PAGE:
The Union’s loss to D.C. United in the U.S. Open Cup on Wednesday night went against convention in a few ways.
For one thing, just four days after the Union had a history-making comeback win, they gave up a late lead just like they used to.
More significantly, after years of watching the Open Cup be the top route to success, the fan base had a reaction that was overwhelmingly calm.
Perhaps it would be different if the Union weren’t in first place in the Eastern Conference. And if the Open Cup didn’t limit teams to five foreign players in a game-day squad — or if Open Cup games weren’t played during MLS’ Concacaf Gold Cup break — the Union would have fielded a stronger team.
But almost all the way around, the dominant sense was realism.
“I give a short-handed group credit for the effort they put in tonight,” manager Jim Curtin said. “These are young guys that are going to learn from it and be better, as hard as that is right now."
And it was hard, let’s be clear.
“It’s your typical Open Cup [game] where different guys step up in big ways, and that gives opportunities for young players to learn and grow," Curtin said. “Overall I think our guys will be better because of it, as much as it hurts right now. ... We finished the game with five or six academy kids out there, which is a good thing, but when you go up a goal, we still have to learn ways to grind that out and get through it."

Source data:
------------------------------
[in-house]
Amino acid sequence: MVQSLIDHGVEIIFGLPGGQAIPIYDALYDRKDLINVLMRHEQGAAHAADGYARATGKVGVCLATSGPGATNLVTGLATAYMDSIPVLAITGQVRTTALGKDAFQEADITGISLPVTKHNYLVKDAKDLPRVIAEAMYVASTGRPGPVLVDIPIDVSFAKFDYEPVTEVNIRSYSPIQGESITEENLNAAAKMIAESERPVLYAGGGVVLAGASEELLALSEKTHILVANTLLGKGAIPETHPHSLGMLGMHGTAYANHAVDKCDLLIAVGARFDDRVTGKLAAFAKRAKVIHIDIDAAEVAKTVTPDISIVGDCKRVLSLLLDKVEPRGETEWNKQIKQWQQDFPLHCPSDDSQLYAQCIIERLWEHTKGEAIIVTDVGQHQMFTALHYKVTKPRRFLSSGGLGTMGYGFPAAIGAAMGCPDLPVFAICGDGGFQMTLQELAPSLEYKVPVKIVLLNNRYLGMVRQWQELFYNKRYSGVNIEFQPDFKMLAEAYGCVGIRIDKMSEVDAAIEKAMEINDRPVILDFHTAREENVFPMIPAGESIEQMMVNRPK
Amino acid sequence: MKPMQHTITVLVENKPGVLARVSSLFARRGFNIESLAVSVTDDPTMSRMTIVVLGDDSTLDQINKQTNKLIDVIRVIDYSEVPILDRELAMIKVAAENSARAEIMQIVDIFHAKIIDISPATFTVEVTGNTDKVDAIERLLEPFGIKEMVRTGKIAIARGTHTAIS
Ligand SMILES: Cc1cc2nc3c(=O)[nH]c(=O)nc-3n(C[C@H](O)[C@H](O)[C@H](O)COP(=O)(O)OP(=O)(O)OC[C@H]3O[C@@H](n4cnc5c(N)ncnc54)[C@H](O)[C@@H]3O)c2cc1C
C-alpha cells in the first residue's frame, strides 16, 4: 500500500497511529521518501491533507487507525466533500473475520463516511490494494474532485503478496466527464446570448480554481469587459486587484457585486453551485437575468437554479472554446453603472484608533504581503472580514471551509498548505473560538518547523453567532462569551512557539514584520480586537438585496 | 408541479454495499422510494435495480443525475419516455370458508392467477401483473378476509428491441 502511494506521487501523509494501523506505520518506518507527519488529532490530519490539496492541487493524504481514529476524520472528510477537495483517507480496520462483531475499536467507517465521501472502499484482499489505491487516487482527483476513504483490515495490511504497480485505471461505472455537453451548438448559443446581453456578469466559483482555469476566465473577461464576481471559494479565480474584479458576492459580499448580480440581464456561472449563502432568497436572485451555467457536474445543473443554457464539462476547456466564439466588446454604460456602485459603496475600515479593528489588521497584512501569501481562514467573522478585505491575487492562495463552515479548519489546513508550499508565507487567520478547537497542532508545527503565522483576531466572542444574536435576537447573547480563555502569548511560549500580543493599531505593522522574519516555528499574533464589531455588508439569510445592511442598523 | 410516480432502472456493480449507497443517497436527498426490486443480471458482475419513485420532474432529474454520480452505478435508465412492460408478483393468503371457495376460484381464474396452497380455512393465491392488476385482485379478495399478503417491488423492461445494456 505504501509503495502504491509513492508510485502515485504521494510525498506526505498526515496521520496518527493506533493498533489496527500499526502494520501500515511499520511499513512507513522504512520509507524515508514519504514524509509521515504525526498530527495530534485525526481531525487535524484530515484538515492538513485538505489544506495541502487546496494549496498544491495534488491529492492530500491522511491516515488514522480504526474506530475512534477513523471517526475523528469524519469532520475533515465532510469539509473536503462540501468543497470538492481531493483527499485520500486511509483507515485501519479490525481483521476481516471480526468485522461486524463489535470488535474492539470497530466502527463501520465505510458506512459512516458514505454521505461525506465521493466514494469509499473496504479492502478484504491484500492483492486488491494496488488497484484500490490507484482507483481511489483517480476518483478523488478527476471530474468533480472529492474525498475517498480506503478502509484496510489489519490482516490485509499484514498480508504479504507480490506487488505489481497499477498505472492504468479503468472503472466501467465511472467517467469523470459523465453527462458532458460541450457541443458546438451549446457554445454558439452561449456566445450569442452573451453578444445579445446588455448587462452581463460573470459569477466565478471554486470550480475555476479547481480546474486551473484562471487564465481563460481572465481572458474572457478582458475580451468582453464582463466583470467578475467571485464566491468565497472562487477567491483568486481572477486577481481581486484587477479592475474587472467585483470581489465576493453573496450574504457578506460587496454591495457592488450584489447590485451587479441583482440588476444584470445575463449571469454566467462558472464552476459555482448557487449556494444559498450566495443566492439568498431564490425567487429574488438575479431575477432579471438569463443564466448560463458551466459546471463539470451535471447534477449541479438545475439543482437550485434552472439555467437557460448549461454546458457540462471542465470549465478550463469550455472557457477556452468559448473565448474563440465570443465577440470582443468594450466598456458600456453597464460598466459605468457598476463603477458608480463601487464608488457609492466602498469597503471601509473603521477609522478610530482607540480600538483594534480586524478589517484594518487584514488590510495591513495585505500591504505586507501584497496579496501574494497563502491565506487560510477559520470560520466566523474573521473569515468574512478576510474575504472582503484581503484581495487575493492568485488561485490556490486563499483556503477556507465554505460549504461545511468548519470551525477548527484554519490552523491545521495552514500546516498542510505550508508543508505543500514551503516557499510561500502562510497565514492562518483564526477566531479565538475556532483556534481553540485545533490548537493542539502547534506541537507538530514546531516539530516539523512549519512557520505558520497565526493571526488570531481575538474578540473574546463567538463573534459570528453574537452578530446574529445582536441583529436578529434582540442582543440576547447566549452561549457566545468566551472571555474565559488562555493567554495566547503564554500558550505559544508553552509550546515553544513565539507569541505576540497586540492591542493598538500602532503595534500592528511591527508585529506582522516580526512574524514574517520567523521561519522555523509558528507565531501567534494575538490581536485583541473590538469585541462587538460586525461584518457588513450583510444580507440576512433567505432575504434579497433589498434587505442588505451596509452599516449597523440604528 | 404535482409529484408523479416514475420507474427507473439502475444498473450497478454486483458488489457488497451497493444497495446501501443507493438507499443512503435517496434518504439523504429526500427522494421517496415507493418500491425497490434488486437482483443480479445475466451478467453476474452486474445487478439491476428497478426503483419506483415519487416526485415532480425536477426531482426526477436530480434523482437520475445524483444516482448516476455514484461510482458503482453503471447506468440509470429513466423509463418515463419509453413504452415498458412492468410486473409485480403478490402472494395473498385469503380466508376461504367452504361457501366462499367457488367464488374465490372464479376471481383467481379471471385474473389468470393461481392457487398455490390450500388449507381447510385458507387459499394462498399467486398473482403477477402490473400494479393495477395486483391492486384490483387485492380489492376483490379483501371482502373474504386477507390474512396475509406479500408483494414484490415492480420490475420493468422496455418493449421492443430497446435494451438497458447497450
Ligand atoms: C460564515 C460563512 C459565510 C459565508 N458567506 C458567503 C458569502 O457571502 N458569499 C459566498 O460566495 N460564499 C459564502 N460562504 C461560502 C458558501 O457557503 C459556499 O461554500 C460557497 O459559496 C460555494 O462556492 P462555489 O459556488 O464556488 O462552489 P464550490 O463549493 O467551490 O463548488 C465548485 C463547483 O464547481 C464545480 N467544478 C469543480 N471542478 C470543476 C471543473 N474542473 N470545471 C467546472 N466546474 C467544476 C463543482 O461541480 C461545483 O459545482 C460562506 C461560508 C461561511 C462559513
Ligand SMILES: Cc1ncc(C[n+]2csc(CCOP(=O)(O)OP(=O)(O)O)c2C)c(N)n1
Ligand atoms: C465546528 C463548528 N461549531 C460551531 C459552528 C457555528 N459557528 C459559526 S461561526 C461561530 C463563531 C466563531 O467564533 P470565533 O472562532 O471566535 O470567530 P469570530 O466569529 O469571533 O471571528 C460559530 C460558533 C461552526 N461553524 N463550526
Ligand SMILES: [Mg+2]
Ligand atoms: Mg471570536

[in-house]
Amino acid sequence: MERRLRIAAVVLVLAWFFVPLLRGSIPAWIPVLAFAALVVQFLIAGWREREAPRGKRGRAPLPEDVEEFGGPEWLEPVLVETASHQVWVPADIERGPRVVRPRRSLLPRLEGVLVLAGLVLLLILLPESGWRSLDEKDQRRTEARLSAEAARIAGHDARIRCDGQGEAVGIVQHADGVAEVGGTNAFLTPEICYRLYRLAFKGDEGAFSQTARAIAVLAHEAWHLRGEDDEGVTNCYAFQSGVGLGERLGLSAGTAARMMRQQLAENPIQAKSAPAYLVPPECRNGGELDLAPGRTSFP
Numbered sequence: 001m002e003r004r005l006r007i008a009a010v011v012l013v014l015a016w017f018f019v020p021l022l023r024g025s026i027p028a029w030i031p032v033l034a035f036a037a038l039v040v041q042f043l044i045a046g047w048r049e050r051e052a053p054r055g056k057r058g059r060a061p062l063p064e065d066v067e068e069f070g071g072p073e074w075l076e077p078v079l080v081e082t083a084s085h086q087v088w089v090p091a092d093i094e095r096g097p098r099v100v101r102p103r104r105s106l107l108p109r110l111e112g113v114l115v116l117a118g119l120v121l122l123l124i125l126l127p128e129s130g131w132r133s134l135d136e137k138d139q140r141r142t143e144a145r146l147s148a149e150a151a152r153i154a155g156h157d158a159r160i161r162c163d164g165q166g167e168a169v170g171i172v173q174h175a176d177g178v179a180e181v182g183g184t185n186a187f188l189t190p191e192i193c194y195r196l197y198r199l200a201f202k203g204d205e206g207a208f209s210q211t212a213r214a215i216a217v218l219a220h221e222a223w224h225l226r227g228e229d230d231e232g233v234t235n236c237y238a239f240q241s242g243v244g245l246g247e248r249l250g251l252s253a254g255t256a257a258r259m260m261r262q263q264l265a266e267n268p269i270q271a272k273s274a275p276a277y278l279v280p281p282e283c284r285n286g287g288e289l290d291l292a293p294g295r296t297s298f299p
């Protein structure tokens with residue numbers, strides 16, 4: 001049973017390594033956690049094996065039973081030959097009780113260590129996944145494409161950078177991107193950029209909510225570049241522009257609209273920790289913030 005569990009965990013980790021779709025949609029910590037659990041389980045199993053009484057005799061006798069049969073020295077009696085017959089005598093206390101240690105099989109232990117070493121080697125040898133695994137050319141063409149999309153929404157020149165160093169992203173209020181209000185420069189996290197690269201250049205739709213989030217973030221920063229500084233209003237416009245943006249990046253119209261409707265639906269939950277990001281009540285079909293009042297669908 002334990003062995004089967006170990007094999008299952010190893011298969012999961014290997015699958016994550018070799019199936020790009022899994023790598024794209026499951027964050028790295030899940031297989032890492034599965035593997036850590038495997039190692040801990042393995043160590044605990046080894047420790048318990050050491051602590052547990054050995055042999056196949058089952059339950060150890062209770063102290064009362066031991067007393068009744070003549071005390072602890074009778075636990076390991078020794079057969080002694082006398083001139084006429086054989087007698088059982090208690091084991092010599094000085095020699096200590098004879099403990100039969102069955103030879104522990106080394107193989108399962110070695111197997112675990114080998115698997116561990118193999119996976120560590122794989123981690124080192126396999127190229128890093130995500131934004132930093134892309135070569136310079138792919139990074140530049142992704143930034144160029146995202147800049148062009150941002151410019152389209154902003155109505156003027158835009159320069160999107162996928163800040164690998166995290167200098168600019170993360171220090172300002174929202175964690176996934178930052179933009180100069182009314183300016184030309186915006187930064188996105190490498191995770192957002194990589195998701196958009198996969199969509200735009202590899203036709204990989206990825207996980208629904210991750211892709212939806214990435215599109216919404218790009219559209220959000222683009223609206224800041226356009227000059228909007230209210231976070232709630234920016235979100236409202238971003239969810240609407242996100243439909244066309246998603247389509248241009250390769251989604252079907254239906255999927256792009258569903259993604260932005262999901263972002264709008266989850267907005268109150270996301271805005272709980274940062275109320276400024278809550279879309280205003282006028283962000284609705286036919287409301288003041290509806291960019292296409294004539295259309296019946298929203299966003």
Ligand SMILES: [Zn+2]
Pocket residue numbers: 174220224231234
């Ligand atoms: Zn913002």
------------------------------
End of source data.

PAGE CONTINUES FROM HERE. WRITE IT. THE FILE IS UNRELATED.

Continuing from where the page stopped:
Mark McKenzie was ashen as he stood in front of the media just a handful of minutes after conceding the game-deciding penalty kick.
“There’s really no words to describe what it feels like, going up and then to be down again," he said. "It definitely was a gut punch.”
But even he was able to see the bigger picture.
“Now we have to move on and focus on getting rested and recovered and recharged for this next push in the second half of the season,” McKenzie said.
The Union won’t play another game until June 26. That’s two full weeks to rest, recoup and relax — and maybe go shopping for another good striker to pair with Sergio Santos. As European clubs turn their rosters over this summer, there will be no lack of options, and Ernst Tanner has proven he knows how to scout under the radar.